"Why do you look upset dear?" the voice was heavy with concern. The little girl in rags looked up at the tall lady standing before her. She had tight jeans and a sleeveless tee on with a pair of sunglasses that matched with her outfit. A beaded bag with a slightly torn zipper hung over her shoulder. "What's the matter?" she asked again.
The little girl took a few steps back, clutching a poker in her hand. She couldn't understand why this strange lady was talking to her. "Do you need something fixed?" she asked the lady, shooting furtive glances behind her at the same time. It was only then that the lady noticed the few torn shoes and bags at her feet along with some repairing tools. Fumbling through her beaded bag, she dished out some cash and handed it out to her, only to find the little girl shaking her head. "Do you need something fixed?" she repeated, still with worried glances across the road.
The lady stared at this shabby kid who must be all of eight years old, living in the roadside, and refusing money. "Are you expecting someone?" she asked her, following her anxious glances. The girl looked suddenly frightened as her eyes darted back to the stranger.
"A-are you here to take me too??" she stammered. The lady found this reaction to be quite strange. She knelt down and touched her hand, "I'm here to help."
The girl sprang back in horror. No stranger had ever come close to her, much less touch her! "What do you want?" she cried, "Dada's missing! They took him! I know they did! I won't let you take me too!" The lady knew now that she needed help. "Who took your Dada?" she asked patiently, " We'll find him together." The little girl only looked on with great suspicion.
Then, quite hesitantly, she began to speak up, "They came here the other day, telling us not to work anymore. They told us to beg instead. They said, that way, they'd make us rich!"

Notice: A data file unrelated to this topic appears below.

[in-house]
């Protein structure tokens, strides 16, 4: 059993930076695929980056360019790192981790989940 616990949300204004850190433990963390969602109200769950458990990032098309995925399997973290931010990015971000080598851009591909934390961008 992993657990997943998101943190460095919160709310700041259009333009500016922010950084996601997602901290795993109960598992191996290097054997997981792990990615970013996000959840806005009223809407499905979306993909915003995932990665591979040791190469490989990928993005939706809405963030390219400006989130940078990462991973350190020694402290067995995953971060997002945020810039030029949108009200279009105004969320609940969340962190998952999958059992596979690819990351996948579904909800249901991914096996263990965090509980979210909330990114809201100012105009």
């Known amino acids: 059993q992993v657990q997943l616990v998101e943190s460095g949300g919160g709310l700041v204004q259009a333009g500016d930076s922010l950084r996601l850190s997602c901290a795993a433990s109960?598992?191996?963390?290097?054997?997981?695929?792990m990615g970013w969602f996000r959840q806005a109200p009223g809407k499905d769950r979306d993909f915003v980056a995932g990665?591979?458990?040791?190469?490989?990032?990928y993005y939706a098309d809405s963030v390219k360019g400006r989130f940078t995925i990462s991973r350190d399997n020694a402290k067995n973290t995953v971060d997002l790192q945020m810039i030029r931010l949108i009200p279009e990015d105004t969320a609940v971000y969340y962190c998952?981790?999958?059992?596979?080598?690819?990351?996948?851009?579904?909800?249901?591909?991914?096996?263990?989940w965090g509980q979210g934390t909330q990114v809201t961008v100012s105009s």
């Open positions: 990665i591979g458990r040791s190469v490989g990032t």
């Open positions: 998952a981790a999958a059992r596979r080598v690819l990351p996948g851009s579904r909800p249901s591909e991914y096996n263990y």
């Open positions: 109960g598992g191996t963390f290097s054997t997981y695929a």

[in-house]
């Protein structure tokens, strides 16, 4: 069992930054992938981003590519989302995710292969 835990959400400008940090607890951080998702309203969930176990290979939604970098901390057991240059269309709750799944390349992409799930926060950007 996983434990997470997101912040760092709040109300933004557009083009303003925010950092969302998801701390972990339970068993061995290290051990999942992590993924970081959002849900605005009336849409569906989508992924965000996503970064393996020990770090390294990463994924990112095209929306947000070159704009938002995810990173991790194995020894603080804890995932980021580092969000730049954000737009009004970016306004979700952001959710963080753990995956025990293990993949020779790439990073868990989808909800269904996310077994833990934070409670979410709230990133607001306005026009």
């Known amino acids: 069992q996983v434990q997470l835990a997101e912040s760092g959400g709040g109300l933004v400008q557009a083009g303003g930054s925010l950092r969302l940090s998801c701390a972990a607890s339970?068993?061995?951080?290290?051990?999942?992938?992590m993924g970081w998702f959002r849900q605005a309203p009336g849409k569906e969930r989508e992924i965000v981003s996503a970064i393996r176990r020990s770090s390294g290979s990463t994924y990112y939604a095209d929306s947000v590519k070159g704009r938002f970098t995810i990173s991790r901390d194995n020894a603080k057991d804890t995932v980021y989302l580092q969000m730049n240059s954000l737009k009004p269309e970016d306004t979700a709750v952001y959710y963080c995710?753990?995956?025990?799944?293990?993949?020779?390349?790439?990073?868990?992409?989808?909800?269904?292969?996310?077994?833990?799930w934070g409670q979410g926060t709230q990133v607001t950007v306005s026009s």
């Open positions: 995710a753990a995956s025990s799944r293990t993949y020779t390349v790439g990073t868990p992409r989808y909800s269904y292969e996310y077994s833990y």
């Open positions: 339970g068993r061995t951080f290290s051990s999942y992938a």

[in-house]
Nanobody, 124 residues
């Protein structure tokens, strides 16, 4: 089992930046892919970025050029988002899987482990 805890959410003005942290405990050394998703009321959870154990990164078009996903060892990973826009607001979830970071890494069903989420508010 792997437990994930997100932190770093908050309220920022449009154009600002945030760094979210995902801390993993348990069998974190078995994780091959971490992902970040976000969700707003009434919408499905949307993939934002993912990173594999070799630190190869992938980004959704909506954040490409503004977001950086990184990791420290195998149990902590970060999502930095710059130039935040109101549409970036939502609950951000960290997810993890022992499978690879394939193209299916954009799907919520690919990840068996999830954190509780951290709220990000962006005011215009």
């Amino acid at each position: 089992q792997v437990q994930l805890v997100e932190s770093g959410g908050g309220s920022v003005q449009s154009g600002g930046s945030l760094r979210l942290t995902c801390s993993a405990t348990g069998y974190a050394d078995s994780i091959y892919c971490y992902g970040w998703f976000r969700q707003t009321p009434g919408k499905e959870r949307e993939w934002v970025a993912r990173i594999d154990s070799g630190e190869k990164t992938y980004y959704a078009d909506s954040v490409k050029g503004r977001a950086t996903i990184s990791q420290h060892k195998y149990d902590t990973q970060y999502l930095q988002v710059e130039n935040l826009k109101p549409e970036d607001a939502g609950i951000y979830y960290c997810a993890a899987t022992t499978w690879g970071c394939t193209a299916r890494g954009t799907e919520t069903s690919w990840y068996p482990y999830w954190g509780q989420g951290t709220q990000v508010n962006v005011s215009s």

The lady was surprised to find a look of disgust on her face, "Don't you want to be rich?" she asked. The girl shook her head, "Never! I know how rich people are. Dada told me about them. They are cruel people. They like money more than their dadas, I would never be like them!"
"Did your Dada go with them then?" asked the lady. "No way! Dada would never beg! He refused, and they started fighting. Dada went away today morning and hasn't returned yet! They must have taken him!"
The lady went closer to her, trying to reassure the lost soul. The sun was beginning to vanish, and she wished she had a pack of biscuits to give this girl - for she probably hadn't eaten all day. Just as she was contemplating to take the girl to the nearest shop, there was a quick, fierce movement behind her. And before she knew it, a young boy had yanked the little girl away from the woman. He looked barely sixteen, and was as shabbily dressed as the girl was.
"Dada!" squealed the little girl with a tone mixed with joy and relief. But the boy did not seem pleased. "I told you to stay away from such people didn't I?" he scolded. His sister was shaking her head, "No Dada. Don't worry. She isn't rich, she was very kind to me." The boy eyed the well-dressed, posh woman with some caution. His scrutiny was disturbed by a tug of his shirt, "Did they hit you Dada? What happened?!" He turned away from the intruder and gave the little girl a huge smile. "Nobody hit me Munni! Dada found a job! And soon you will go back to school!" Little Munni was jubilant as she leaped over to hug her brother.
The woman watched the celebration in silence, holding the few currency notes that had failed to soothe the little girl. Her own life hadn't treated her well, and she wished she could trade her money for someone who genuinely cared for her like Dada did his sister.
He'd noticed that the lady hadn't left. "Can I help you?" he asked. She felt guilty for not being the one asking the same to them. Taking out the beaded bag with the torn zipper, she said "I need this fixed." The boy nodded and took the bag.
As he set to work, his sister sat down next to him, smiling as if she was the happiest person on earth. The woman looked at her beaded bag that cost more than what the kids earned in a day. Yet, the smiles on their faces was something she was unable to buy for herself. She knew then, that they were truly richer than the rich.